In its decision dated January 30, 2014, the Supreme Court of Florida (“Florida Supreme Court”) upheld the intent of so-called Amendment 7 (Art. X, § 25, Fla. Const.), which is entitled, “Patients’ right to know about adverse medical incidents.” Amendment 7 was passed with 81.2% of the Florida’s voters casting votes in favor of the Amendment during the November 2004 ballot. Amendment 7 guarantees patients the right to “have access to any records made or received in the course of business by a health care facility or provider relating to any adverse medical incident.”
Amendment 7 states:
(a) In addition to any other similar rights provided herein or by general law, patients have a right to have access to any records made or received in the course of business by a health care facility or provider relating to any adverse medical incident.
(b) In providing such access, the identity of patients involved in the incidents shall not be disclosed, and any privacy restrictions imposed by federal law shall be maintained.
(c) For purposes of this section, the following terms have the following meanings:
(1) The phrases “health care facility” and “health care provider” have the meaning given in general law related to a patient’s rights and responsibilities.
(2) The term “patient” means an individual who has sought, is seeking, is undergoing, or has undergone care or treatment in a health care facility or by a health care provider.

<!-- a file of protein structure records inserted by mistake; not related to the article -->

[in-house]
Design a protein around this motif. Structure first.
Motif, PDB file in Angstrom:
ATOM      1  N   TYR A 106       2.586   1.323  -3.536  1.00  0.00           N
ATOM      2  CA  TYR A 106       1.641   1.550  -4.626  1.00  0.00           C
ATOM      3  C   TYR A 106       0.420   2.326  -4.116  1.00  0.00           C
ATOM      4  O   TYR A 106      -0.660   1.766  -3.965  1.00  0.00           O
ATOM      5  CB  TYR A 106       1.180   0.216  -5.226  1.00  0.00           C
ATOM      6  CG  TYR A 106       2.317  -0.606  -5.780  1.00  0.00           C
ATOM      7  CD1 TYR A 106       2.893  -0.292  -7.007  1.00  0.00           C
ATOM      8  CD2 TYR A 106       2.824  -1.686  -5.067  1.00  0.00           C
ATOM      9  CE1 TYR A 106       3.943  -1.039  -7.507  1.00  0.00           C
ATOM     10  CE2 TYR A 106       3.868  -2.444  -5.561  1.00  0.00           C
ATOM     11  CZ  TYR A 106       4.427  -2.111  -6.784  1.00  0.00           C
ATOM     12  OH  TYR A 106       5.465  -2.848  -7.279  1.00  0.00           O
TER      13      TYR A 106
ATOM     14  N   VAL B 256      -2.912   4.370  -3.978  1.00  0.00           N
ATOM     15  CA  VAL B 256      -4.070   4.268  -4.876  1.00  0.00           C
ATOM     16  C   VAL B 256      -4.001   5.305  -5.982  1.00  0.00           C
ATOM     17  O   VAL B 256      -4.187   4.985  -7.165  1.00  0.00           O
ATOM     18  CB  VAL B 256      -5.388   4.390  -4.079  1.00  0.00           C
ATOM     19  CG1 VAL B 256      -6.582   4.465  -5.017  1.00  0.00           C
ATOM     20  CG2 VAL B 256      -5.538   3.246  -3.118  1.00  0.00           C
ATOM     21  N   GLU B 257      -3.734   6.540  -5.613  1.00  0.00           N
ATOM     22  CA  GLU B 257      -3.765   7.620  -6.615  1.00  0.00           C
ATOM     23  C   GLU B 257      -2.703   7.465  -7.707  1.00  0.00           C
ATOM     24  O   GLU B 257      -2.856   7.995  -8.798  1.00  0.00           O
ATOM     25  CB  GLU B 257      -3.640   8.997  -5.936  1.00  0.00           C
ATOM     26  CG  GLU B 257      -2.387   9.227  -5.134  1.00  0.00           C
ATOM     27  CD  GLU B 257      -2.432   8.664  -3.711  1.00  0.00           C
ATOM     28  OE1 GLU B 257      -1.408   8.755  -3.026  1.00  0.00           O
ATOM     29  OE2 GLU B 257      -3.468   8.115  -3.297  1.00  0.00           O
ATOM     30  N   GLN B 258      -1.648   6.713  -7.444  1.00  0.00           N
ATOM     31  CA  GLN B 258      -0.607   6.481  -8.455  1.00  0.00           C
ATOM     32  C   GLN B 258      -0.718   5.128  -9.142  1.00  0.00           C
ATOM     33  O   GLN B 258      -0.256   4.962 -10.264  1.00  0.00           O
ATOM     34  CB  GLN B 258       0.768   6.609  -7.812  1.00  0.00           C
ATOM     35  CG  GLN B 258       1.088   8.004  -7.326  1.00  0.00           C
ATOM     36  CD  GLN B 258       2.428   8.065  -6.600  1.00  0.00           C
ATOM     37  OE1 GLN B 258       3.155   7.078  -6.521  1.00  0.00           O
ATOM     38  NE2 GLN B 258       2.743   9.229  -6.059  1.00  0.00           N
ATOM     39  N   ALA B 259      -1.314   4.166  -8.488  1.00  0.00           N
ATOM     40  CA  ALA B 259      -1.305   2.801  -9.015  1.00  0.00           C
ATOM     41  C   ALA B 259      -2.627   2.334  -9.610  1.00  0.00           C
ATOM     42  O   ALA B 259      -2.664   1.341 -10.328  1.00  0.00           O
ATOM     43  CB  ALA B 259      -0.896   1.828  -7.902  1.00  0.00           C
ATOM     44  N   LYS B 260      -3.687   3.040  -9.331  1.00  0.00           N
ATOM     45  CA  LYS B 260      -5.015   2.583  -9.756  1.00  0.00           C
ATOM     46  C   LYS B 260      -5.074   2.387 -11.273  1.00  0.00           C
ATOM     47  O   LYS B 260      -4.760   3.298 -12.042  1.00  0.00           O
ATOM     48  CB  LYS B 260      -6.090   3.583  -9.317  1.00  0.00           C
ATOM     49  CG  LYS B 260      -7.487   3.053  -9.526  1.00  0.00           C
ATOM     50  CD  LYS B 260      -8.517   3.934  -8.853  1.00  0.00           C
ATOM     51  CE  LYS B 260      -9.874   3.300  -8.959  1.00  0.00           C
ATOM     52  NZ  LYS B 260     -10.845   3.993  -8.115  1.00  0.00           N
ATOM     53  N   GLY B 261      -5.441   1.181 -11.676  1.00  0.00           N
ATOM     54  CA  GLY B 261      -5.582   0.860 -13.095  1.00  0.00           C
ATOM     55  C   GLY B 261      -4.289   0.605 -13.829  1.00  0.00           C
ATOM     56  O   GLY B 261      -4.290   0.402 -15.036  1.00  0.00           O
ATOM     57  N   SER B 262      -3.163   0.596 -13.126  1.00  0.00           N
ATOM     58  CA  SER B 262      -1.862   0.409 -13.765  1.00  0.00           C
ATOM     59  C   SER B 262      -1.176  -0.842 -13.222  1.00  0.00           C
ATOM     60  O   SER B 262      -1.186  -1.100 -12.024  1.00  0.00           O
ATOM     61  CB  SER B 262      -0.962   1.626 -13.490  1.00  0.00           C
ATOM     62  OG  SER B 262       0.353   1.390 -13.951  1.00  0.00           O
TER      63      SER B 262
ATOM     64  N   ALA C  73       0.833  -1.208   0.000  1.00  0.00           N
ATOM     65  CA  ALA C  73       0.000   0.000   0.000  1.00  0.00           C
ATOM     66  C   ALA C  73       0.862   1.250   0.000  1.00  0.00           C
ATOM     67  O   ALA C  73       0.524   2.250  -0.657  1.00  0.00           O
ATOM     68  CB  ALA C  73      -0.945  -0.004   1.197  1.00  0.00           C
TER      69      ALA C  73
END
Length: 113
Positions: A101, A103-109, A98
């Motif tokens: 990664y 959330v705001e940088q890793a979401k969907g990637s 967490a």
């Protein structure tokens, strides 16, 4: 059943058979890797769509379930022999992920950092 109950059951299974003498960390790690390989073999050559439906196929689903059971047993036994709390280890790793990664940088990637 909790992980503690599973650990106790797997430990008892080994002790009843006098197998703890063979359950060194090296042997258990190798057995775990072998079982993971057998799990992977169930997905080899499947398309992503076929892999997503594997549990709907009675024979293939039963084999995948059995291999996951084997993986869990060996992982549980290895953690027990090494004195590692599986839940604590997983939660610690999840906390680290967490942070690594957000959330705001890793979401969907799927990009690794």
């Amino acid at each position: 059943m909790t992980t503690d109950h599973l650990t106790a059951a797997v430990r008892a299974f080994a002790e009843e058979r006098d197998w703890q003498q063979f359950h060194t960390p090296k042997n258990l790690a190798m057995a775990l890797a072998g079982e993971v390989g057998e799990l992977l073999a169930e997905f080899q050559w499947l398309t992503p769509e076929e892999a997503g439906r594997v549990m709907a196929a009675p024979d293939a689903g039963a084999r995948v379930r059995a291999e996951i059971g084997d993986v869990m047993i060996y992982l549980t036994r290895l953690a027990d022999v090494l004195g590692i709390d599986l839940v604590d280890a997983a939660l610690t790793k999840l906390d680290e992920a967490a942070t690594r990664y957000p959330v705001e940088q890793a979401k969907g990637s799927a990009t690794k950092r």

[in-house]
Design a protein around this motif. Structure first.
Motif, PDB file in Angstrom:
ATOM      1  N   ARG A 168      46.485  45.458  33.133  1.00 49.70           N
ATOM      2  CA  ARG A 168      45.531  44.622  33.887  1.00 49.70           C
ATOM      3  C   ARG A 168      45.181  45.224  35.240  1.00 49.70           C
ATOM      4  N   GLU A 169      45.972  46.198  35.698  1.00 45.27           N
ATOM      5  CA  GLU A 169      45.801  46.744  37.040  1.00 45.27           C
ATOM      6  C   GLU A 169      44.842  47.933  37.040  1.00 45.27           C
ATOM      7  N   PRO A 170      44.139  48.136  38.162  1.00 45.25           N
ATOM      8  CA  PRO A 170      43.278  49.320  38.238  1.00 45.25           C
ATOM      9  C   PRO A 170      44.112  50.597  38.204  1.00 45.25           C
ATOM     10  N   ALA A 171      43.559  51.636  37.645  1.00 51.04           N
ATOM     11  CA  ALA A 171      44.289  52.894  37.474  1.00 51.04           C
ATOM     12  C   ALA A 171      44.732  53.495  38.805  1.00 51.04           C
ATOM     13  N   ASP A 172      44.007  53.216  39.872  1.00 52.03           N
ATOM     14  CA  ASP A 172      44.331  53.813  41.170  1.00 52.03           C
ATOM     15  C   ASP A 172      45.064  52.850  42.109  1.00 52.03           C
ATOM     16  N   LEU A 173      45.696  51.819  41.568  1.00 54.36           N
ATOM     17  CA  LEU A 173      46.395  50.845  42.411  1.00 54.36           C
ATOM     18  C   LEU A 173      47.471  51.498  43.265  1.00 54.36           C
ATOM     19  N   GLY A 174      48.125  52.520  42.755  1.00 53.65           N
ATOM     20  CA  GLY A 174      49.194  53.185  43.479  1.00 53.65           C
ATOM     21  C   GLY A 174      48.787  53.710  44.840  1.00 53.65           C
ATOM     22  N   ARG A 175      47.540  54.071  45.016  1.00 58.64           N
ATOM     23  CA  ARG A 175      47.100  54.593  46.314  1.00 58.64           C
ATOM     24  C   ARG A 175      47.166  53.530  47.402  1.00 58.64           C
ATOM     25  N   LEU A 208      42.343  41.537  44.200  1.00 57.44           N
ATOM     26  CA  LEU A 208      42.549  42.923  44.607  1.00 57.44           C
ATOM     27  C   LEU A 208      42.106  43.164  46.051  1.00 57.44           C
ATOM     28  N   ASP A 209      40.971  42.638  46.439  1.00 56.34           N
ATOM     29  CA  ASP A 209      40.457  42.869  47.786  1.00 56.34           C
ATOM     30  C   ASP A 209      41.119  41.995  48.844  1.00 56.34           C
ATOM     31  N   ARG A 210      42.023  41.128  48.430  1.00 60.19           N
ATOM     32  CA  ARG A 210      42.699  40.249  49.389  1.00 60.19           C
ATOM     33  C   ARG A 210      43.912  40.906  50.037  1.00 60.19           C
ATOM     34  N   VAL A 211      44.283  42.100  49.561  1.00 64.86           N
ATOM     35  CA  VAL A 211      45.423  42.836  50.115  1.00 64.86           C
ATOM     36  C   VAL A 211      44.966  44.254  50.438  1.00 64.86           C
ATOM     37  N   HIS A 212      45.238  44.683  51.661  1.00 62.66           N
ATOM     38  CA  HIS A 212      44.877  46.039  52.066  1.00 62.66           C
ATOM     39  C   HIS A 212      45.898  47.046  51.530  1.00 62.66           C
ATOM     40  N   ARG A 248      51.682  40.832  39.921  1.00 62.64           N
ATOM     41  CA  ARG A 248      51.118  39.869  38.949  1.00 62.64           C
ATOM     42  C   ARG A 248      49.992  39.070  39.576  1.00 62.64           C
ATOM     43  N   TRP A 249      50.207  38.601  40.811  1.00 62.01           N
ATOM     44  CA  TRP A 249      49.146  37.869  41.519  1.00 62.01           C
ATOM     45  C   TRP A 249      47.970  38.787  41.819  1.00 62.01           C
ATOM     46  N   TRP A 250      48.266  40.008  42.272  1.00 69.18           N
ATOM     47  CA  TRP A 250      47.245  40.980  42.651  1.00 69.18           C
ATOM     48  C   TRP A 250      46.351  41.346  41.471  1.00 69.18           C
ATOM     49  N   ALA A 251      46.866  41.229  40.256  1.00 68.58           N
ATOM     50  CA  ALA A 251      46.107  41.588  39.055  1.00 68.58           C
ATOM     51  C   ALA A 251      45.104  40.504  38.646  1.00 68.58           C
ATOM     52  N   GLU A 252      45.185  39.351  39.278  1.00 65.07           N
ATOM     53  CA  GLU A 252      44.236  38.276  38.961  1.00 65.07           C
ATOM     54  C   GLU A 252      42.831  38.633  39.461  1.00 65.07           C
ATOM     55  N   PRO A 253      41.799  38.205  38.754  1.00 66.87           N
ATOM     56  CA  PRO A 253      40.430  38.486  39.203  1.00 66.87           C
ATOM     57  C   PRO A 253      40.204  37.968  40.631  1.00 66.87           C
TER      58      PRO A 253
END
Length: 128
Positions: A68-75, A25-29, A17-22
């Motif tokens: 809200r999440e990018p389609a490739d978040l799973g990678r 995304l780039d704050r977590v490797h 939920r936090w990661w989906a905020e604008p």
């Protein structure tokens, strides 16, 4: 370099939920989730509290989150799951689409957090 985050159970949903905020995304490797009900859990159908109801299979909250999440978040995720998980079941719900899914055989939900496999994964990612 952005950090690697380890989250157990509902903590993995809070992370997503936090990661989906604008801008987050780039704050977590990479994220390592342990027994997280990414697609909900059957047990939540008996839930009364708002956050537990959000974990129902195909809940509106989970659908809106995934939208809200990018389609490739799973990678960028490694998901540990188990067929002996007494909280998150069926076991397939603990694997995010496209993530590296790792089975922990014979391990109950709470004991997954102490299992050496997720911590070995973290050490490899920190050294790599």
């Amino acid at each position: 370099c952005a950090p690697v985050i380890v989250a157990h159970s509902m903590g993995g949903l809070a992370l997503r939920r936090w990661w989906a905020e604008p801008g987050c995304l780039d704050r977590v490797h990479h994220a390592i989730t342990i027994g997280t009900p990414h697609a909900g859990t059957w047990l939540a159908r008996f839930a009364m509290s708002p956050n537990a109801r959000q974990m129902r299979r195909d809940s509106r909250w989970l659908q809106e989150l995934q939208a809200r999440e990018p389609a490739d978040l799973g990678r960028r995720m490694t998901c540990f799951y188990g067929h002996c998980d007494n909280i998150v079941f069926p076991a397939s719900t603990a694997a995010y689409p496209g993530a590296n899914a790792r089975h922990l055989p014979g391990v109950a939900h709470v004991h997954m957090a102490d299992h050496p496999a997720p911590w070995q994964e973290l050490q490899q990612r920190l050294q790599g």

(3) The phrase “adverse medical incident” means medical negligence, intentional misconduct, and any other act, neglect, or default of a health care facility or health care provider that caused or could have caused injury to or death of a patient, including, but not limited to, those incidents that are required by state or federal law to be reported to any governmental agency or body, and incidents that are reported to or reviewed by any health care facility peer review, risk management, quality assurance, credentials, or similar committee, or any representative of any such committees.
(4) The phrase “have access to any records” means, in addition to any other procedure for producing such records provided by general law, making the records available for inspection and copying upon formal or informal request by the patient or a representative of the patient, provided that current records which have been made publicly available by publication or on the Internet may be “provided” by reference to the location at which the records are publicly available.
The case before the Florida Supreme Court involved a pretrial discovery dispute in a medical malpractice wrongful death action following the death of the plaintiff’s father while a patient at a health care facility in Florida. The plaintiff had filed her medical malpractice action against the health care facility and various other health care providers. The plaintiff sought records of adverse medical incidents from the health care facility, pursuant to Amendment 7.
The defendant health care facility objected to the production of the records regarding adverse medical incidents for various reasons. A lower Florida appellate court upheld the defendant’s objection “solely on the ground that the request to produce ask[ed] for records of adverse medical incidents involving patients other than the plaintiff but does not limit the production of those records to the same or substantially similar condition, treatment, or diagnosis as the patient requesting access.”
The Florida Supreme Court overturned the decision of the lower appellate court, stating that there was no such restriction in Amendment 7, and remanded the case for reconsideration in light of its decision in a prior case.
If you may be the victim of medical malpractice in Florida or in another U.S. state, you should promptly seek the legal advice of a Florida medical malpractice attorney (or a medical malpractice attorney in your state) who may investigate your medical malpractice claim for you and represent you in a medical malpractice case, if appropriate.
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